Surviving WWII: Alfonso Ignacio
Click on the links below to hear audio segments from an October 2004 interview by Mark Ignacio
with his “lolo” (grandfather), Alfonso Warrick Ignacio, who came to the
after working for the
This photo was taken in November 2004 in his
Alfonso Ignacio is currently 82 years old.
1. An Introduction
An Introduction. (701 KB)
Alfonso introduces himself and describes where he lived in the Philippines.
His job before World War II. (793 KB)
In this segment, Alfonso tells us about his job as a salesman for his father’s business. They distributed General Merchandise from Manila to Mindanao.
This photo was taken behind one of their trucks used for distribution. He was 21 years old.
Alfonso begins his job as an “unskilled laborer” for the US Navy’s 16th Naval District.
He was then assigned to the commissary store --a store where food and equipment are sold.
time, the Japanese began to bomb the US Navy Yard in the
A look inside a
When the US left the Philippines. (1,325 KB)
The Japanese took over the US Naval Base and expanded throughout the Philippines with the help of hired Filipino workers.
Alfonso talks about how the Japanese treated Filipinos.
“Sagdalista/s” is the term used for Filipinos who were pro-Japanese.
More about the Japanese Occupation at http://www.fourthmarinesband.com/photos_fall.htm and http://www.users.bigpond.com/pacificwar/gatheringstorm/Philippines/Japanattacks.html.
Japanese troops land on
Working for the Japanese. (2,156 KB)
Alfonso describes his experience in working with the Japanese.
A Japanese leader commanding Filipinos. A cartoon depicting a Japanese’s form of punishment.
The US returns to the Philippines. (3,116 KB)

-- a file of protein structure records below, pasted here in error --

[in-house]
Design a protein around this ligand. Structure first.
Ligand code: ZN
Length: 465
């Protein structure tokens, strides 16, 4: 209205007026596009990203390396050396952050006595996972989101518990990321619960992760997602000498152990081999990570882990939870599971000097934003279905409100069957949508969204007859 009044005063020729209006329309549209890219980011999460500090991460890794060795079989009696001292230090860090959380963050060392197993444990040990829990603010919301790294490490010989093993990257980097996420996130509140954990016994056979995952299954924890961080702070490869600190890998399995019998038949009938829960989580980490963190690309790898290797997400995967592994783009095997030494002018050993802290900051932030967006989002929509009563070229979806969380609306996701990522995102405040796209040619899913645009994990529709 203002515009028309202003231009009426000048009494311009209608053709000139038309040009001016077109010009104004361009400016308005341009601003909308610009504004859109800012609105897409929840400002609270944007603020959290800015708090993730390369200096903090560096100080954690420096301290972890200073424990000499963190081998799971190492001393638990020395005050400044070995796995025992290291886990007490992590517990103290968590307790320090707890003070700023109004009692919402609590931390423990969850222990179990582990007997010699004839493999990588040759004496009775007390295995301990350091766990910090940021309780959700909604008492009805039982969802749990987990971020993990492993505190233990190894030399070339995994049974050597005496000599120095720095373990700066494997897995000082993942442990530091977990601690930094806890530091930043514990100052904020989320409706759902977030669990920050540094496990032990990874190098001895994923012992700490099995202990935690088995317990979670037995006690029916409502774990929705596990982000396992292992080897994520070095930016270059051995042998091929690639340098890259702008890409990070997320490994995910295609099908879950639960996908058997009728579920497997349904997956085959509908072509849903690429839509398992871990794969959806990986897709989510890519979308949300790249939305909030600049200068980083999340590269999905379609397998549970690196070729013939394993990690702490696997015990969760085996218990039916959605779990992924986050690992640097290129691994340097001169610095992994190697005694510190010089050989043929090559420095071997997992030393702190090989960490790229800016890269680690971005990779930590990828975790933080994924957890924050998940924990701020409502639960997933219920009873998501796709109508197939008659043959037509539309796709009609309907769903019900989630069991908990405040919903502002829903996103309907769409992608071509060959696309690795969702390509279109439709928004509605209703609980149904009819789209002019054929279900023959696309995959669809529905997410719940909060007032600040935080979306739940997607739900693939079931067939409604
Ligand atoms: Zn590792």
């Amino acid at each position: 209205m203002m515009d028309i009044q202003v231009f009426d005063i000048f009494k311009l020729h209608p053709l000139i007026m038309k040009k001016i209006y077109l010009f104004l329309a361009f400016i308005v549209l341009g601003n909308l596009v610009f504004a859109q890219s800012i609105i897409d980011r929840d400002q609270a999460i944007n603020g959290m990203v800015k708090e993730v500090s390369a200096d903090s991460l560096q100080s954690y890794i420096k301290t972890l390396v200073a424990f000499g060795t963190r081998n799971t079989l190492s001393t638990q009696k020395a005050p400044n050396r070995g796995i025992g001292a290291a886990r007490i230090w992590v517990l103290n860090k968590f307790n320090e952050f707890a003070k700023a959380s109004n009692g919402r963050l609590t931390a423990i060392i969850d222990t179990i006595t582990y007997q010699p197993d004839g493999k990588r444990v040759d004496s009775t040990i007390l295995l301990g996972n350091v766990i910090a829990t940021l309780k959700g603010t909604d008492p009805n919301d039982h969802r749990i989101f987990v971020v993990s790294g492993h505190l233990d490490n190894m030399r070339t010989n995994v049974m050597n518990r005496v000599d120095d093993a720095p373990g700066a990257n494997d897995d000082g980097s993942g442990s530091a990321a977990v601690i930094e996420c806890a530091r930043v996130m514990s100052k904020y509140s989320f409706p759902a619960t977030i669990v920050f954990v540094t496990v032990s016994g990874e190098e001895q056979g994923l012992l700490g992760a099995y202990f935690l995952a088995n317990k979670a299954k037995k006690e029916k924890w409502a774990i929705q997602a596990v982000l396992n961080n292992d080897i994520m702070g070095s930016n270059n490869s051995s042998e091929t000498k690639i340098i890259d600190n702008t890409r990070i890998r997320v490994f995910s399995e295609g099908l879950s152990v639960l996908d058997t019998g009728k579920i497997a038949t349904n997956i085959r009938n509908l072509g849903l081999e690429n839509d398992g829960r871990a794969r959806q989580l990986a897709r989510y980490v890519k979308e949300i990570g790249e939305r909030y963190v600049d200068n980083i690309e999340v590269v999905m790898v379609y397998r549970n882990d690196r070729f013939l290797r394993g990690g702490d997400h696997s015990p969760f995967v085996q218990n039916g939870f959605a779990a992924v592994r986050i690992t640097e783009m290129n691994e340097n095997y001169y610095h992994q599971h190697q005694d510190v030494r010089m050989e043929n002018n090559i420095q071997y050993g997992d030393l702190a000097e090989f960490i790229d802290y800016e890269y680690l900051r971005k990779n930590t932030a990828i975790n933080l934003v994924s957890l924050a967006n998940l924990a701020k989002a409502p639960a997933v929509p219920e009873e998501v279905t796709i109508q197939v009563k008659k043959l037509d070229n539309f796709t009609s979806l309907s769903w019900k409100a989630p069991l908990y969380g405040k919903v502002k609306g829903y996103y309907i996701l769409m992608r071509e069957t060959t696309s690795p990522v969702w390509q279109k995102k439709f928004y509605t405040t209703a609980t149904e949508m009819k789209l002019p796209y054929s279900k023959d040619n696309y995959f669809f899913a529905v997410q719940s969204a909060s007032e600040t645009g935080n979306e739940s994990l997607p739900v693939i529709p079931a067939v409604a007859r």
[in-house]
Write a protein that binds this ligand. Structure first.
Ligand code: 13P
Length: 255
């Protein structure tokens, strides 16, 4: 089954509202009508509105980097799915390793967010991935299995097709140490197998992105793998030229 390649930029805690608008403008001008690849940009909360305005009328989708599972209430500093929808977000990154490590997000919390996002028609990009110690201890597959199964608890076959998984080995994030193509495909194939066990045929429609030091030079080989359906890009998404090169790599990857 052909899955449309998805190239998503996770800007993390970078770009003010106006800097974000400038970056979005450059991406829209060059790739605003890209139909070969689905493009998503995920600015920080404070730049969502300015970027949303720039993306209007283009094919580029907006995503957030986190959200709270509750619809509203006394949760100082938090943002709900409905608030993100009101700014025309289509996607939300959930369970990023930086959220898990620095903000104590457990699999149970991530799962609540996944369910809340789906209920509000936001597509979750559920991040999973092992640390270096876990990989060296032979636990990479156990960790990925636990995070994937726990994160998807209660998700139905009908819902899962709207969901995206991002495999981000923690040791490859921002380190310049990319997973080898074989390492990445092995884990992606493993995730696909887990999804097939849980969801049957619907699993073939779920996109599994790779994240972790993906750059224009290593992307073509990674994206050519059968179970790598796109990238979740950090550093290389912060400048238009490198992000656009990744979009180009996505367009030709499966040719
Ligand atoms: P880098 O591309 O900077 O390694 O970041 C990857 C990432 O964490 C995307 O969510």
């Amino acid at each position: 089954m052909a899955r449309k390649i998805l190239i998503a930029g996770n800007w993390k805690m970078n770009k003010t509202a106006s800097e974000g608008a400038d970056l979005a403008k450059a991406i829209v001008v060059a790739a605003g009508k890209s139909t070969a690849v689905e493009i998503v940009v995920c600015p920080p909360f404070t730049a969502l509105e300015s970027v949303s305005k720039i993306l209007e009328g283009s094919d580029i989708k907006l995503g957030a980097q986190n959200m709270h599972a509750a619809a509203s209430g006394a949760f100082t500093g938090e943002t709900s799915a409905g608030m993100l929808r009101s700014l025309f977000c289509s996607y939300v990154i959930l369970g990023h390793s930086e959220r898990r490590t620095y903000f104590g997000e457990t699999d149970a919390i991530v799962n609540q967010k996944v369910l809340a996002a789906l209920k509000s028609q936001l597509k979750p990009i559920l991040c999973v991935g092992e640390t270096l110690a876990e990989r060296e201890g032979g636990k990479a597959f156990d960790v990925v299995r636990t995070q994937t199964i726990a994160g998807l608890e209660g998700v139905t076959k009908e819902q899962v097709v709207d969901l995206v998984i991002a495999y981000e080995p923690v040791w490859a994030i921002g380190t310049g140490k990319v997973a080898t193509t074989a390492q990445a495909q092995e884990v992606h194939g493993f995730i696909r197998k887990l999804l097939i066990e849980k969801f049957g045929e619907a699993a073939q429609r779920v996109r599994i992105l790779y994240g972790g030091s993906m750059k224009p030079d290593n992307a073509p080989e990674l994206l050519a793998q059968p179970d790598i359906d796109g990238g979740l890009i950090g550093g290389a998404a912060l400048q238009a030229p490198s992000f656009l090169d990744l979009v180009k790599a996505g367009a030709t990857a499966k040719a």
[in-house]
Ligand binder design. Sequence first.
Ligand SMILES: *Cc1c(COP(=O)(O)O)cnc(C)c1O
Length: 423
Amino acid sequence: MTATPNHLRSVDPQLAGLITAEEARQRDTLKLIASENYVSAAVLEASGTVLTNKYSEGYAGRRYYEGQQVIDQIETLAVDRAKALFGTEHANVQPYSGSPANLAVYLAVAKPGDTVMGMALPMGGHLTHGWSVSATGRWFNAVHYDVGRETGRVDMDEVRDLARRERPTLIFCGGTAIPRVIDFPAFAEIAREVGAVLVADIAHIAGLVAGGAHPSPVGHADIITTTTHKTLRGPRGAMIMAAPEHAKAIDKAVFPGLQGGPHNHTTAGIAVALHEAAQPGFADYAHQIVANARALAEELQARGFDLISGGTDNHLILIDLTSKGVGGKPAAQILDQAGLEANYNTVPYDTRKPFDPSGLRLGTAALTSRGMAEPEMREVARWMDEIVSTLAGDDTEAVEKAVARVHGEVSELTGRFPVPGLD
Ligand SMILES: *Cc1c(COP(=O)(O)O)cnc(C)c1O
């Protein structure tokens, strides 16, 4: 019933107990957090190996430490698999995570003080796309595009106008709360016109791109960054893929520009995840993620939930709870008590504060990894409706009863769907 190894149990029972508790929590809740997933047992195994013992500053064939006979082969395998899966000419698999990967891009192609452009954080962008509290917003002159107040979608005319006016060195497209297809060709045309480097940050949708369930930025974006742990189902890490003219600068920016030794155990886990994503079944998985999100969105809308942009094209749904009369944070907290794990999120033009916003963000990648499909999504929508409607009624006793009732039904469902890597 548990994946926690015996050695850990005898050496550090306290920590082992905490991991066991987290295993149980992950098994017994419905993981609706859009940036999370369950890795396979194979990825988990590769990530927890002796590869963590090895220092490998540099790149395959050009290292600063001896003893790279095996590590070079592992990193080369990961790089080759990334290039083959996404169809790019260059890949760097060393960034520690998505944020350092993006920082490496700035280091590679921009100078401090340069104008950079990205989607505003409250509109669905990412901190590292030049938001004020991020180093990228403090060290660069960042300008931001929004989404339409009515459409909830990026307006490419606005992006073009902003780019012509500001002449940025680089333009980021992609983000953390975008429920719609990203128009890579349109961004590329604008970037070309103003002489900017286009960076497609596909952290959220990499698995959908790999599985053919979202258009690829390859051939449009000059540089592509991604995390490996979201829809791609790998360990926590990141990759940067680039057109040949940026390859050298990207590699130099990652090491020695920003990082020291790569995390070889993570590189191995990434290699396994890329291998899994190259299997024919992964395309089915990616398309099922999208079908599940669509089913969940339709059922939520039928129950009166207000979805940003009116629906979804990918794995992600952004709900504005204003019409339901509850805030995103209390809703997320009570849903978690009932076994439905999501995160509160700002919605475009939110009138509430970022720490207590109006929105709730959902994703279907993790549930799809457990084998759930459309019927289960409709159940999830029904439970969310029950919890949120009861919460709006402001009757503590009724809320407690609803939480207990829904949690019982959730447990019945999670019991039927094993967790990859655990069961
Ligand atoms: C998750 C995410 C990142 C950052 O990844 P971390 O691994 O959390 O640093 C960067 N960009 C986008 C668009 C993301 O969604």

Alfonso points out how American paratroopers come from Tagaytay.
They were helped by Filipinos who told the Americans where Japanese where hiding.
The Americans raided the Japanese naval base.
General Douglas McArthur fulfills Filipinos on an abandoned Japanese tank.
his promise of returning to the
The Liberation. (1,631 KB)
In this segment, Alfonso tells us about his job with the US after the Japanese left.
He worked for the US Navy at Sangley Point in Cavite for 9 years.
A bird’s eye view of Sangley
Moving to the US. (1,164 KB)
Working in the US and retirement. (4,652 KB)
Alfonso’s eldest daughter who was working in the US for Warner’s Communications petitioned him.
He talks about finding a job in the US and finally
retiring. He also shares why he enjoys
life here in
Working at Toys R Us. Fishing as a hobby. At
Aflonso in his 20’s. During WWII. Alfonso with his eldest daughter, Magdalena.
His family in the early 1960’s. The family in the late 1960’s.
audio files may be played with Windows Media Player or Real
To download a free copy of Windows Media Player, click here.
To download a free copy of Real Player, click here.
last revised: 1-24-05
by Eric Brenner, Skyline College, San Bruno, CA
These materials may be used for educational purposes if you inform and credit the author and cite the source as: North San Mateo County Oral History Archives, Skyline College Library. All commercial rights are reserved. To contact the author, or send comments or suggestions, email: